/ Determining damage to road bike post-crash

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VS4b - on 28 Mar 2014
Following yesterday's incident involving a fairly fast deceleration following me colliding with a car door unexpectedly opened in front of me I'm wondering how to tell how damaged if at all the bike is.

It looks ok,but so does my helmet which I certainly will be replacing but how do I check the carbon forks and ally frAme are ok? Will a bike shop take a good look at do you think?
sleavesley on 28 Mar 2014
In reply to VS4b:

Cheap way would be the sound it makes on the forks. Expensive would be x-ray.

Any work doing I can suggest Vernon Barker from personal experience.
In all fairness an ally frame can take some stick - check the headset as that may need refacing or a straight swap for a new one.

How fast were you going?
VS4b - on 28 Mar 2014
In reply to sleavesley:

about 17mph
sleavesley on 28 Mar 2014
In reply to VS4b:

Is the headset loose? Buckled front wheel?
Myself - I would drop the fork out and have a good look at it, put it back in - tighten it up, check the wheel and carry on.

That or decide it warrants a new bike - buy bike and put other bike on turbo trainer to annoyance of other half.

If new forks are needed - carbon can be had for 100-200.
blurty - on 28 Mar 2014
In reply to VS4b:
I took my bike to my LBS and just told them to get on with it. They replaced bars, stem, forks (It's not worth the risk) and, in my case, both wheels (buckled in the side impact)

The bus that hit me's insurance co paid up without a murmur
Post edited at 20:44
blurty - on 28 Mar 2014
In reply to VS4b:

I didn't see the post yesterday - are you in the CTC? I think they'll represent you post accident once you join
VS4b - on 28 Mar 2014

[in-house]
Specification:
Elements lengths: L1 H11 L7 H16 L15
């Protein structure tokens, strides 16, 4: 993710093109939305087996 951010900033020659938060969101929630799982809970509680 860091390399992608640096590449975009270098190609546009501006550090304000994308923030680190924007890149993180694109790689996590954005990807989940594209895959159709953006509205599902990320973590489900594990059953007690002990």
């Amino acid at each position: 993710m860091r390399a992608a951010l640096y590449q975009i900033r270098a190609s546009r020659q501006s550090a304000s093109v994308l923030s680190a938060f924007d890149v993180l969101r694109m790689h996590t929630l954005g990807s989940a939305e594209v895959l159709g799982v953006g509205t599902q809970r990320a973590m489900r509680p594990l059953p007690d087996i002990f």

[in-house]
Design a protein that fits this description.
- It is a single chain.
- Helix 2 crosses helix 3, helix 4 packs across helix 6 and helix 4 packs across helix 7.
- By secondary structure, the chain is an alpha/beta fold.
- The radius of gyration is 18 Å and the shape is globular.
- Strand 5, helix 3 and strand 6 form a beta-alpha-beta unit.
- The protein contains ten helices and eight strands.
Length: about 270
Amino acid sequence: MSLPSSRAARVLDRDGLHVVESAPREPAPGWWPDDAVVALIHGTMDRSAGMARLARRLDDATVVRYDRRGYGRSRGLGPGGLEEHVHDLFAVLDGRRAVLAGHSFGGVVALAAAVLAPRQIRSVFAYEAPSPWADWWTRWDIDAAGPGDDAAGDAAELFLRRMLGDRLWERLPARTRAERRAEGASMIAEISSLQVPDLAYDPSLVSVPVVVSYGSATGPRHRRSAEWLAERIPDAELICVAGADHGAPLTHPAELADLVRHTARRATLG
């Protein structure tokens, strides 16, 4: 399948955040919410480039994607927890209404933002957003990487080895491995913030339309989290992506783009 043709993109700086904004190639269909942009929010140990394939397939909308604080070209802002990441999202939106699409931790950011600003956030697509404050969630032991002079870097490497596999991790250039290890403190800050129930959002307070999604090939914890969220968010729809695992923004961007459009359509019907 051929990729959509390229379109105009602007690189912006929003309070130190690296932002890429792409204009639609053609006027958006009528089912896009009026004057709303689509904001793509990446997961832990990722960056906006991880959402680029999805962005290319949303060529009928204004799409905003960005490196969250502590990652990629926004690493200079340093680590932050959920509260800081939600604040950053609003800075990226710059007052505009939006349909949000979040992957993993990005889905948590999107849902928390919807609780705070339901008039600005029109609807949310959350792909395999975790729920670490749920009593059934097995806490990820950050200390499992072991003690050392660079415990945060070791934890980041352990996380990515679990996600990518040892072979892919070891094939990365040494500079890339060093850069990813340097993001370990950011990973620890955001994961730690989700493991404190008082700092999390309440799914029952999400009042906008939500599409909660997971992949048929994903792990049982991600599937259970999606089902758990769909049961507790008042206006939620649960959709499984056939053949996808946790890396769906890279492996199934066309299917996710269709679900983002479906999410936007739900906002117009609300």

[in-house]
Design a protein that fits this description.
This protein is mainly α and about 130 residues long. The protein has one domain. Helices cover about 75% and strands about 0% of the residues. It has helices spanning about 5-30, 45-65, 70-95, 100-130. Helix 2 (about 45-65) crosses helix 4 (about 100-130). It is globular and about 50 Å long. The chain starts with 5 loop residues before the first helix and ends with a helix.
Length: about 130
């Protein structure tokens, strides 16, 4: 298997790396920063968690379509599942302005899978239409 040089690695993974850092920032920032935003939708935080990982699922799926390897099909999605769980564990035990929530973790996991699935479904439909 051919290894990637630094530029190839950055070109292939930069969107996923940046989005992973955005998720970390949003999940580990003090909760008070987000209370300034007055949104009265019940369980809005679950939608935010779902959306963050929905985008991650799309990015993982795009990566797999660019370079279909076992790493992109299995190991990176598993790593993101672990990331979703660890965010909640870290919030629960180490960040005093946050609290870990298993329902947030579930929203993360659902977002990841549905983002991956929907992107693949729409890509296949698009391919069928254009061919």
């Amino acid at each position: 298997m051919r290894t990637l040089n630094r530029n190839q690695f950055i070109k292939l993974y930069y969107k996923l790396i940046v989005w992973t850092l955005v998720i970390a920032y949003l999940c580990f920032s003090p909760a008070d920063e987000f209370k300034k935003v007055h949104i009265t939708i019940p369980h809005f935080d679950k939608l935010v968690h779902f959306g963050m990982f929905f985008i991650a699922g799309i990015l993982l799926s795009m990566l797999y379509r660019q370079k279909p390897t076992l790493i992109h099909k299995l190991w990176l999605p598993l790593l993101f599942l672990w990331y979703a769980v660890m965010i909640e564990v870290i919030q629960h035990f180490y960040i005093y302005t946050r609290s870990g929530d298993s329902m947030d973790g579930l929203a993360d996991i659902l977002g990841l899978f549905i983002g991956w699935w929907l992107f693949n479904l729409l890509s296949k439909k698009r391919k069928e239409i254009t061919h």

In reply to blurty:

No I'm not a member nor Bc who do the same. Might need a no win no fee job :-(
Timmd on 29 Mar 2014
In reply to VS4b:
Personally I'd replace the carbon forks as a precaution, but checking the frame visually for any paint distortion/rippling and cracks etc should be enough, and 17mph 'probably' won't have done much, anyway.

I understand that ( for road bikes at least) carbon frames and forks are plenty strong enough when loaded how they're designed to be, but crashes and knocks can load them in a way which creates weakness, so they can fail.

Well made MTB carbon frames etc are plenty tough, but with road bikes being more delicate, and carbon tending to fail without warning (when it does fail), I'd always have in the back of my mind that it might have been weakened, if I wasn't able to find out for sure with an Xray or something like that.
Post edited at 21:38
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syv_k - on 29 Mar 2014
In reply to VS4b:
It's hard (although possible, I know) to represent a car dooring as the cyclist's fault - you may be able to DIY by doing a small claim for the bill presented by a reputable bike shop. Seek a solicitor if you want to get involved with injury compensation as well.

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